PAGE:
- Markets should take heed of recent signs that global inflation may not have peaked yet; indeed, we continue to believe markets are underestimating the Fed; there are no Fed speakers nor U.S. data today
- Eurozone countries reported mixed data; ECB officials remain hawkish
- BOJ survey showed a deteriorating outlook for households; BOJ tightening expectations remain elevated; Australia November CPI ran hot; Australia also reported firm November retail sales
The dollar is steady as markets await fresh drivers. DXY is trading flat near 103.271 after trading at a new cycle low Monday near 102.944. Next target is the May low near 101.297. The euro is trading flat near $1.0740 after trading at a new cycle high Monday near $1.0760. Next target is the May low near $1.0785 and after that is the late April high near $1.0935. Sterling is trading a little lower near $1.2120 and a break above $1.2215 is needed to set up a test of the December high near $1.2445. USD/JPY remains stuck in the middle of recent trading ranges near 132.60. While we believe that the current dollar weakness is overdone, we have to respect the price action. Until a more hawkish Fed narrative emerges, the dollar is likely to remain under pressure.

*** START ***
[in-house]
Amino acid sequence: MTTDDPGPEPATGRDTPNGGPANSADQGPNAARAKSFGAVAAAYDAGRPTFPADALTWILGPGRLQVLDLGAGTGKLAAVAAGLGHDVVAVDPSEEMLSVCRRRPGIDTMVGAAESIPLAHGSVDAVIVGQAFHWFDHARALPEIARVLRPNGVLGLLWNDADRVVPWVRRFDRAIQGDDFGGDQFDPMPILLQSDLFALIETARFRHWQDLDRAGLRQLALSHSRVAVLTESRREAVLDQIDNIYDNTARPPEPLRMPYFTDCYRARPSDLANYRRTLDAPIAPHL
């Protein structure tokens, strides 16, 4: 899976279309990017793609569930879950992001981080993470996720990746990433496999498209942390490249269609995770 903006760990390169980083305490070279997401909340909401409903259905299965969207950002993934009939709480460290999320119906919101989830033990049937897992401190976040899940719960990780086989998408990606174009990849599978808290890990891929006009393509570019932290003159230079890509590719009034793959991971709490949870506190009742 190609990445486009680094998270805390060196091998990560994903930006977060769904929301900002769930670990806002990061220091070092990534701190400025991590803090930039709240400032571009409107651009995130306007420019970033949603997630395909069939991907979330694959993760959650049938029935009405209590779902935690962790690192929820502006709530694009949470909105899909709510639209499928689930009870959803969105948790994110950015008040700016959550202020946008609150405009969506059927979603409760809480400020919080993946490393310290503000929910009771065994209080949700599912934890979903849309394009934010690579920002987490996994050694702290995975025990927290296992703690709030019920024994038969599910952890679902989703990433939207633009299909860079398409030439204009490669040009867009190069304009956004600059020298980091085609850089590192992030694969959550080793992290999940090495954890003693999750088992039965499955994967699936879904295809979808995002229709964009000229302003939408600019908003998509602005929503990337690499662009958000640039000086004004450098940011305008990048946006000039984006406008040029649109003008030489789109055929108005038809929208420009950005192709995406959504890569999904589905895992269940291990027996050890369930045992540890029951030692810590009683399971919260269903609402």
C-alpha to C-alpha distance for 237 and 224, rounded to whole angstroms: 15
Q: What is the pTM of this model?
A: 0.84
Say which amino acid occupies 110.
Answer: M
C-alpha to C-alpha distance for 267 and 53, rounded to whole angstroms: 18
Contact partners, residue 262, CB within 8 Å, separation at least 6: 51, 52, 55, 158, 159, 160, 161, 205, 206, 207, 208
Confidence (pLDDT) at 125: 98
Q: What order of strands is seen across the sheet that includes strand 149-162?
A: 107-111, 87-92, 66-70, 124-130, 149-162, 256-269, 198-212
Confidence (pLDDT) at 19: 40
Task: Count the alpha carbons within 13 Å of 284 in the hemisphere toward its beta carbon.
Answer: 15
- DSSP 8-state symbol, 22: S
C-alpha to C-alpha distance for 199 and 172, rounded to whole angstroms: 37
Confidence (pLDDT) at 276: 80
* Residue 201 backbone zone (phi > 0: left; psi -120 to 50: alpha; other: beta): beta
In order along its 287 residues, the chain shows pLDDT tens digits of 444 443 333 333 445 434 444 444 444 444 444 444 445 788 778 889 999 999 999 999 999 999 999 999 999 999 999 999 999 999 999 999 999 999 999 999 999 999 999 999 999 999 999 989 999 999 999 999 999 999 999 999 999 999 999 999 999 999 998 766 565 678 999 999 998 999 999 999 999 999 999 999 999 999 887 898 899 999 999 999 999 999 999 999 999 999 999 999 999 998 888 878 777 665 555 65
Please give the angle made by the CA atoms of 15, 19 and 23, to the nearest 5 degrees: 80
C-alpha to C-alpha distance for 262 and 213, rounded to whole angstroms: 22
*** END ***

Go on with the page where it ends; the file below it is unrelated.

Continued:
Markets should take heed of recent signs that global inflation may not have peaked yet. With markets bulled up on expectations of further easing in price pressures in tomorrow’s U.S. CPI data, we believe developments Down Under are worth discussing. Overnight, Australia reported higher than expected CPI data that belies the narrative that the inflation battle has been won quickly and relatively painlessly (see below). And it’s not just Australia. Yesterday, Norway reported higher than expected underlying inflation and on Friday, Sweden is expected to report accelerating inflation at both the headline and underlying level. At the ECB, the hawks are focusing on the continued rise in core inflation (see below). As a result, markets will likely have to reprice tightening expectations for several major central banks.